"Neural Networks for Otimization Problems with Inequality Constrains -
the Knapsack Problem"
M. Ohlsson, C. Peterson and B. Soederberg
A strategy for finding approximate solutions to discrete optimization
problems with inequality constraints using mean field neural networks
is presented. The constraints $x \leq 0$ are encoded by $x \Theta(x)$
terms in the energy function. A careful treatment of the mean field
approximation for the self-coupling parts of the energy is crucial, and
results in an essentially parameter-free algorithm.
This methodology is extensively tested on the knapsack problem of
size up to 10$^3$ items. The algorithm scales like $NM$ for problems with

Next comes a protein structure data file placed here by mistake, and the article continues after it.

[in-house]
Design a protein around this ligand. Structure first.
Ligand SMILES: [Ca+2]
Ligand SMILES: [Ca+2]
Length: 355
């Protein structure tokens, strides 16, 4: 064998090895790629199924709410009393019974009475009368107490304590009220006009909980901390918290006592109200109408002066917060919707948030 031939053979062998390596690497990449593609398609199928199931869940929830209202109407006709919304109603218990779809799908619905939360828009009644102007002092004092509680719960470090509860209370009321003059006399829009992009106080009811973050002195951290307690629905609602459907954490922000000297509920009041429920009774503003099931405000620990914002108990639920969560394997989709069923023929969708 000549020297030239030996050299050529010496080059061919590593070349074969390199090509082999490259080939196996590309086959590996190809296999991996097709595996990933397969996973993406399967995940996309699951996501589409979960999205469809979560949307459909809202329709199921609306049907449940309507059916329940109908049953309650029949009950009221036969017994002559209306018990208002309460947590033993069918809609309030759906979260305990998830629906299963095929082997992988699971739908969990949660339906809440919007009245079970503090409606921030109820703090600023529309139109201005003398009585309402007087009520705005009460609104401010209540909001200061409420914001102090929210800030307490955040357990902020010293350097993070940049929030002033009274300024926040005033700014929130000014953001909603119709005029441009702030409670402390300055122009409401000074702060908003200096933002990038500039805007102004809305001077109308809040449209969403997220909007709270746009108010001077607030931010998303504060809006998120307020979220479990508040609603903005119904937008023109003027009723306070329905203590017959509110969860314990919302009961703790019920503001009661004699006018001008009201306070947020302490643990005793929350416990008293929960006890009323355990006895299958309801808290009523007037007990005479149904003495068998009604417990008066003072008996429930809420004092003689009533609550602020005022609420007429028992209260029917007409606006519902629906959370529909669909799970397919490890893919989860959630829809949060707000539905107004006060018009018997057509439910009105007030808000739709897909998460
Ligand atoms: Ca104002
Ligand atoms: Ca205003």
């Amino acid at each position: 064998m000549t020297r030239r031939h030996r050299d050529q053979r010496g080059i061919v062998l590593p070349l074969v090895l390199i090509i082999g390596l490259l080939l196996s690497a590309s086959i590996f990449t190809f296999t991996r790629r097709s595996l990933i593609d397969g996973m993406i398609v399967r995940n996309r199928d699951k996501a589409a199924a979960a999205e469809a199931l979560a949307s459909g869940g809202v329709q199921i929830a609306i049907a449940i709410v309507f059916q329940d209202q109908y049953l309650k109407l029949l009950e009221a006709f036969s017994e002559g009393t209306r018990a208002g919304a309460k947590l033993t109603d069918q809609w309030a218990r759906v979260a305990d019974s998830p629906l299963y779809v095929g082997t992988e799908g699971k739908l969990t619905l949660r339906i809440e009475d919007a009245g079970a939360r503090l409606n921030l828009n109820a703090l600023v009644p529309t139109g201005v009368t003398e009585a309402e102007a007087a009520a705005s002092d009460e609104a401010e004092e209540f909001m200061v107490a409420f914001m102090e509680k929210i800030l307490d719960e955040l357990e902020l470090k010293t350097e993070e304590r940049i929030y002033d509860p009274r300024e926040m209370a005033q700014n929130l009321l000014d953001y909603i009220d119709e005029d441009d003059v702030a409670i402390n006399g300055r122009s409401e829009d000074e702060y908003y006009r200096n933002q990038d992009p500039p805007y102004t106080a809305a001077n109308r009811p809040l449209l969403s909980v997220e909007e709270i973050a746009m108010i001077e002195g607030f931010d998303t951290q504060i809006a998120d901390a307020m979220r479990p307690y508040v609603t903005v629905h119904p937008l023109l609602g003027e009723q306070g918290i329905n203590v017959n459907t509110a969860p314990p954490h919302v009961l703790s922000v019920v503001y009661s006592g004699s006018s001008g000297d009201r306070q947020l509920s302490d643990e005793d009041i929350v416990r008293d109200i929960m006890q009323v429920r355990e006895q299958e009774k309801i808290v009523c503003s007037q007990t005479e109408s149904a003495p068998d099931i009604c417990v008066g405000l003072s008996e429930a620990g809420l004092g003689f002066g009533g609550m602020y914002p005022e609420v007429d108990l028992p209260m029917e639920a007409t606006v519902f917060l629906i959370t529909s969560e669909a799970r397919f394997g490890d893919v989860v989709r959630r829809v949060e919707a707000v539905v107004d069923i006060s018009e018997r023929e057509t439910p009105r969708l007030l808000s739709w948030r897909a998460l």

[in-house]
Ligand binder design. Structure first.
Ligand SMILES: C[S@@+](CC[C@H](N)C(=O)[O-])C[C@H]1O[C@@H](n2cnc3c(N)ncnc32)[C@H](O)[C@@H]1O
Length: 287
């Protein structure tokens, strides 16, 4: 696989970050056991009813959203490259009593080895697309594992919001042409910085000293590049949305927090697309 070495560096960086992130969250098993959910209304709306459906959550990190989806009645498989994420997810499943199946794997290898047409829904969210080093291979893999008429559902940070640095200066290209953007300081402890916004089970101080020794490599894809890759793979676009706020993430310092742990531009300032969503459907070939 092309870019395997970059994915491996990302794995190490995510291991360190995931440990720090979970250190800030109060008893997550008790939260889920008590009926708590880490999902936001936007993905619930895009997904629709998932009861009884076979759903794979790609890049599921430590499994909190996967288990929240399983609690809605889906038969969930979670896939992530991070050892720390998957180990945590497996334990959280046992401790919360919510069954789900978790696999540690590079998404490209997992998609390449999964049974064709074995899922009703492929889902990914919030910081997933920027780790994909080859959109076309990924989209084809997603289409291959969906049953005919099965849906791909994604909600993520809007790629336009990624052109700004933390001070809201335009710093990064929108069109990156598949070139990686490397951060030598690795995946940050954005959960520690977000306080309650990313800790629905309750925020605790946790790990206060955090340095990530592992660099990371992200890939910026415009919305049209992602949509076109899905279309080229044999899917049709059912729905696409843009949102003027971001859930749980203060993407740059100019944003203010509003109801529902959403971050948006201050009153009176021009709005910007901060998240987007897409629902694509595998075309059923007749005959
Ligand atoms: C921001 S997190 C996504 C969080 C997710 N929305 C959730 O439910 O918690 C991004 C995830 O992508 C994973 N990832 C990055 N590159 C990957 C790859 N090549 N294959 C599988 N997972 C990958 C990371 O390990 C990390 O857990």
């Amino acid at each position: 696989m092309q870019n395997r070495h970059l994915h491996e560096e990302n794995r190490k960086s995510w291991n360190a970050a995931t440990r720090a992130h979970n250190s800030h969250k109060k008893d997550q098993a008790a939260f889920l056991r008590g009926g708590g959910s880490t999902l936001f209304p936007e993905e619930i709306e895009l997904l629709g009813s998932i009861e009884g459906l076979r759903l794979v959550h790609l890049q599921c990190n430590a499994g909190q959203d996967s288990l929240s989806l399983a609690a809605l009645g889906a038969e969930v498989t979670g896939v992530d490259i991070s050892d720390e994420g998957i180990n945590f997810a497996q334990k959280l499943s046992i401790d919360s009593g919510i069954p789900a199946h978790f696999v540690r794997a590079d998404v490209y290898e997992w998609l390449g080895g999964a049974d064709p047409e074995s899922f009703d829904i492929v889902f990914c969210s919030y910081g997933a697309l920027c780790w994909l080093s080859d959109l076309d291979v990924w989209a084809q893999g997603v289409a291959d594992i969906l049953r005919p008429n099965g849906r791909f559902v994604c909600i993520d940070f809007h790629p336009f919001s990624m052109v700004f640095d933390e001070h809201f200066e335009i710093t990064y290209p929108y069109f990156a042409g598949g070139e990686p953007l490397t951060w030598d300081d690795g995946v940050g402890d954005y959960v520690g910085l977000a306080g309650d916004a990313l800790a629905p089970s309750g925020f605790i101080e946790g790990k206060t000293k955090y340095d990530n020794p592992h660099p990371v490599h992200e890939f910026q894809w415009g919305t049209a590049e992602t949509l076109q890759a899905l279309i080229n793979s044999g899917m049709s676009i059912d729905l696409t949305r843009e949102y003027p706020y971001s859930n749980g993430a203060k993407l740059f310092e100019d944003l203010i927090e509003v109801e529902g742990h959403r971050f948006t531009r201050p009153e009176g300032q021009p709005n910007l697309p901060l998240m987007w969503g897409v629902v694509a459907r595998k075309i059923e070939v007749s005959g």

$N$ items and $M$ constraints. Comparisons are made with an exact branch and
bound algorithm when this is computationally possible ($N\leq 30$). The
quality of the neural network solutions consistently lies above 95\%
of the optimal ones at a significantly lower CPU expense. For the larger
problem sizes the algorithm is compared with simulated annealing and
a modified linear programming approach. For "non-homogeneous" problems
these produce good solutions, whereas for the more difficult "homogeneous"
problems the neural approach is a winner with respect to solution quality
and/or CPU time consumption.
The approach is of course also applicable to other problems of similar
structure, like {\it set covering}.
LU TP 92_11